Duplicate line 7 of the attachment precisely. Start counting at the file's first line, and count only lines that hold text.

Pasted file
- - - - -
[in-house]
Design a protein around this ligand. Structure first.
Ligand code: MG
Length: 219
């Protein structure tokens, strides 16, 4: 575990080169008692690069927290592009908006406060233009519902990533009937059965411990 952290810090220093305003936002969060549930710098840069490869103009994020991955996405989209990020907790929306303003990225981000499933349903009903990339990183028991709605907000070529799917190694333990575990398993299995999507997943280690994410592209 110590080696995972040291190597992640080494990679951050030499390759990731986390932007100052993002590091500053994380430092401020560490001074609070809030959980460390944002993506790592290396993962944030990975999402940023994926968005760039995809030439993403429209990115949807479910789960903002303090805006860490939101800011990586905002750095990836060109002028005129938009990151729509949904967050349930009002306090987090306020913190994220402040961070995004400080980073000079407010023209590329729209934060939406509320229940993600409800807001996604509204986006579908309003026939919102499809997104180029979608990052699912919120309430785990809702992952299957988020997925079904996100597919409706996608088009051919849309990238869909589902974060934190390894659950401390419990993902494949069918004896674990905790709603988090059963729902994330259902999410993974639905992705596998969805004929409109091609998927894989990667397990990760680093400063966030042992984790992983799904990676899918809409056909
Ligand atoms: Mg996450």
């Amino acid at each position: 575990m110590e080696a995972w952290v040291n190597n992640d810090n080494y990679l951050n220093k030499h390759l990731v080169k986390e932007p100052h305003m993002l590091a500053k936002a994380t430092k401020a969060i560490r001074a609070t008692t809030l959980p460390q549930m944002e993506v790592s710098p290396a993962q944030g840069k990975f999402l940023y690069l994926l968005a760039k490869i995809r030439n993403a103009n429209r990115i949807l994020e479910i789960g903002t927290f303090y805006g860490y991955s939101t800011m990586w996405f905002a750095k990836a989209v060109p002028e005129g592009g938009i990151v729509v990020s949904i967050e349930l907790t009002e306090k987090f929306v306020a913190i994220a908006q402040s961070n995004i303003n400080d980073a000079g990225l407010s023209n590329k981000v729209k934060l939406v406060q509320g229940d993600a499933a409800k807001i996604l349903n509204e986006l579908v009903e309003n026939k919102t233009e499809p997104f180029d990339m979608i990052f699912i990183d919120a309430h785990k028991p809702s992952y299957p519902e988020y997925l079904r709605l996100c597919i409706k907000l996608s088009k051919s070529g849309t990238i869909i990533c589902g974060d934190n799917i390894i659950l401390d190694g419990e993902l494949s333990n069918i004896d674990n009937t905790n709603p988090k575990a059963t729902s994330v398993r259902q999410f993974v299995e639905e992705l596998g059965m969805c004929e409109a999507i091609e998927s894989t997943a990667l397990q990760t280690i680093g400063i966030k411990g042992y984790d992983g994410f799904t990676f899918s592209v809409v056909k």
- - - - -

């Amino acid at each position: 575990m110590e080696a995972w952290v040291n190597n992640d810090n080494y990679l951050n220093k030499h390759l990731v080169k986390e932007p100052h305003m993002l590091a500053k936002a994380t430092k401020a969060i560490r001074a609070t008692t809030l959980p460390q549930m944002e993506v790592s710098p290396a993962q944030g840069k990975f999402l940023y690069l994926l968005a760039k490869i995809r030439n993403a103009n429209r990115i949807l994020e479910i789960g903002t927290f303090y805006g860490y991955s939101t800011m990586w996405f905002a750095k990836a989209v060109p002028e005129g592009g938009i990151v729509v990020s949904i967050e349930l907790t009002e306090k987090f929306v306020a913190i994220a908006q402040s961070n995004i303003n400080d980073a000079g990225l407010s023209n590329k981000v729209k934060l939406v406060q509320g229940d993600a499933a409800k807001i996604l349903n509204e986006l579908v009903e309003n026939k919102t233009e499809p997104f180029d990339m979608i990052f699912i990183d919120a309430h785990k028991p809702s992952y299957p519902e988020y997925l079904r709605l996100c597919i409706k907000l996608s088009k051919s070529g849309t990238i869909i990533c589902g974060d934190n799917i390894i659950l401390d190694g419990e993902l494949s333990n069918i004896d674990n009937t905790n709603p988090k575990a059963t729902s994330v398993r259902q999410f993974v299995e639905e992705l596998g059965m969805c004929e409109a999507i091609e998927s894989t997943a990667l397990q990760t280690i680093g400063i966030k411990g042992y984790d992983g994410f799904t990676f899918s592209v809409v056909k």